Whitman news since 1896

Whitman Wire

Vol. CLIV, Issue 10
Whitman news since 1896

Whitman Wire

Whitman news since 1896

Whitman Wire

Disappearing Sea Stars

Sea stars more commonly (and incorrectly) known as star fish, are dying off in vast numbers. Millions of individuals, from at least twenty different species along the west coast are “wasting” away.

They are suffering from what is called a wasting disease or wasting syndrome. This disease is classified by symptoms of ectoderm lesions, decaying tissue, autonomous limbs, and tissue fragmentation. So in less science-y terms the sea-star contracts the disease, develops skin wounds, which end up decaying and making the sea-star appear like it is melting away as it dies. Or worse, its limbs end up having “minds of their own” and crawling off in separate directions. The sea star either melts or literally rips itself apart.

The outbreak began in June 2013, along the Washington coast. Soon sea starts all along the Pacific Coast, from Baja California to southern Alaska were dying off because of this wasting disease. The National Academy of Sciences conducted a year-long study on the strange disease. They have concluded that the densovirus is the most likely culprit for the gruesome deaths. This virus has been known to be present in the Pacific Ocean since 1942. Something must have happened now to induce such an extreme outbreak.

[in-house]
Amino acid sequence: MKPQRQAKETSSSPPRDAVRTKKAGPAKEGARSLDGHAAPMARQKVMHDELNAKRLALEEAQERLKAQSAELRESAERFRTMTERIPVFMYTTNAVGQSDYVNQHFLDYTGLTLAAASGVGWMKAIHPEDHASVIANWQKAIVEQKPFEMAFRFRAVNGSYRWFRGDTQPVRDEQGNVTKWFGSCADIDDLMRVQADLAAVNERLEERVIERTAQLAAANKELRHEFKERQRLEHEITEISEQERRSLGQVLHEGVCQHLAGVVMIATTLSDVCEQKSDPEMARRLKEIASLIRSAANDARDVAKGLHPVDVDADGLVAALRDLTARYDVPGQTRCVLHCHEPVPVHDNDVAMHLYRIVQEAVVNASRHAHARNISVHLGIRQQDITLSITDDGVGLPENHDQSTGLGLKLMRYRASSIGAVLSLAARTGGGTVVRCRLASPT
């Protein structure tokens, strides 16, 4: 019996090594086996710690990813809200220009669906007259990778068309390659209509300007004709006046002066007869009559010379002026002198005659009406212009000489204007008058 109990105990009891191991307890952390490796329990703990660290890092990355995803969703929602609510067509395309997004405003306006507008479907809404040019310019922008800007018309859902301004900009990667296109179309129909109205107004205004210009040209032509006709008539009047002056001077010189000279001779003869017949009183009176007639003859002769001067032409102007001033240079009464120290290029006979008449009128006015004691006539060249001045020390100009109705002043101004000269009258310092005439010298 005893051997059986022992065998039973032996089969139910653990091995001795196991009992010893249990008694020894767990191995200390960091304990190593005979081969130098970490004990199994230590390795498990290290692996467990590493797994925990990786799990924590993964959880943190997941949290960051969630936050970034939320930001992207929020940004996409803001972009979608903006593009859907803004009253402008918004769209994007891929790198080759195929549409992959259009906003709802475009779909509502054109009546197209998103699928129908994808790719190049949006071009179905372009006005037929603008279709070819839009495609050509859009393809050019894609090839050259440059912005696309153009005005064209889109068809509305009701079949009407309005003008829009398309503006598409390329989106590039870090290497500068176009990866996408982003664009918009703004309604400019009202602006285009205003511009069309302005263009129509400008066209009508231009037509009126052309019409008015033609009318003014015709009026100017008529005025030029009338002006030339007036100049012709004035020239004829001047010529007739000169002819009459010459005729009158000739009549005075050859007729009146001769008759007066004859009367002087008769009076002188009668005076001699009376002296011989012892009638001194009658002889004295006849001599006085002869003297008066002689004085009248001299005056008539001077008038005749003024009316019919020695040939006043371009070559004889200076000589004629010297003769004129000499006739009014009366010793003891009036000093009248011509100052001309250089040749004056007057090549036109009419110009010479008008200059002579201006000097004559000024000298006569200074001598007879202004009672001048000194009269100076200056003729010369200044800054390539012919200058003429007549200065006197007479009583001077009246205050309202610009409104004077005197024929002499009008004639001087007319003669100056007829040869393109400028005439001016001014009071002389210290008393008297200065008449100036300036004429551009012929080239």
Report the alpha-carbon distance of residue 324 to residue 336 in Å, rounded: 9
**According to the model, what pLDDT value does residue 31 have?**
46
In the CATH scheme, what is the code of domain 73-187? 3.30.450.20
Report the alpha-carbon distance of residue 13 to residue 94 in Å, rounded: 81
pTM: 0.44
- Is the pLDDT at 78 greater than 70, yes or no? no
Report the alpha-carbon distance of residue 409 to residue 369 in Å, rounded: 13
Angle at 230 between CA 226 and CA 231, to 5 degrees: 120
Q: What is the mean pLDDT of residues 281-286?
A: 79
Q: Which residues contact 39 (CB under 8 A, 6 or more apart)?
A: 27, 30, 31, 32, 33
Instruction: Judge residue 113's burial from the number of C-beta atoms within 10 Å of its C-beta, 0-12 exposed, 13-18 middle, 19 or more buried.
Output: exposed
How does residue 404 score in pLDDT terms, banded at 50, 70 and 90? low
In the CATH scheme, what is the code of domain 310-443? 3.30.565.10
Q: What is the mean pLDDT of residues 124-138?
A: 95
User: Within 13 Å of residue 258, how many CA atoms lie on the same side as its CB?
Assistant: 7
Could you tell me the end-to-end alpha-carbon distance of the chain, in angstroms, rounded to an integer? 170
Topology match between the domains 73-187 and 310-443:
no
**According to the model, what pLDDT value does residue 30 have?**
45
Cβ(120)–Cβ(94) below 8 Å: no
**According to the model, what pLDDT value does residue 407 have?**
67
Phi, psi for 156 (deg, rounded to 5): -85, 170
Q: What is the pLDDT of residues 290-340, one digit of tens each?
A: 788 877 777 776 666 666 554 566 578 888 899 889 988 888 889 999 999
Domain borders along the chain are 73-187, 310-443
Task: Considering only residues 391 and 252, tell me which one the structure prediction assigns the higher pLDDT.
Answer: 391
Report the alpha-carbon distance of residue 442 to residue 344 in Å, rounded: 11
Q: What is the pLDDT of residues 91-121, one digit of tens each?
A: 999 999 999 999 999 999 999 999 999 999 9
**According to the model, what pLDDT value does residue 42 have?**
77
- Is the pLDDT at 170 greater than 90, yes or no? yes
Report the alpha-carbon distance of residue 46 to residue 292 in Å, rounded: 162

Their study was incredibly intense: “There are ten million viruses in a drop of seawater, so discovering the virus associated with a marine disease can be like looking for a needle in a haystack,” Ian Hewson, a professor of microbiology said.

There have been similar die-offs in the 1970’s, 80’s, and 90’s, but the current outbreak has had the most casualties, and over such a large area. Also interestingly, sea stars can “have” the virus but not exhibit symptoms. The Densovirus has been found in museum sea star specimens collected as far back as the 1940’s. Researchers have found that sea stars with higher concentrations of the virus in their system are the ones that are dying.

Sea stars are deceptively essential to the environment: they’re more important than we might expect. Ecologists consider them to be what is known as “keystone species.” National Geographic defines a keystone species as “a plant or animal that plays a unique and crucial role in the way an ecosystem functions. Without a keystone species, the ecosystem would be dramatically different or cease to exist altogether.”

There is hope, however, there seem to be a large number of juvenile sea stars in certain regions. Some regions like Monterey Bay have the highest number of juveniles in fifteen years. Maybe these little sea stars will have developed some sort of immunity to this decimating sickness.

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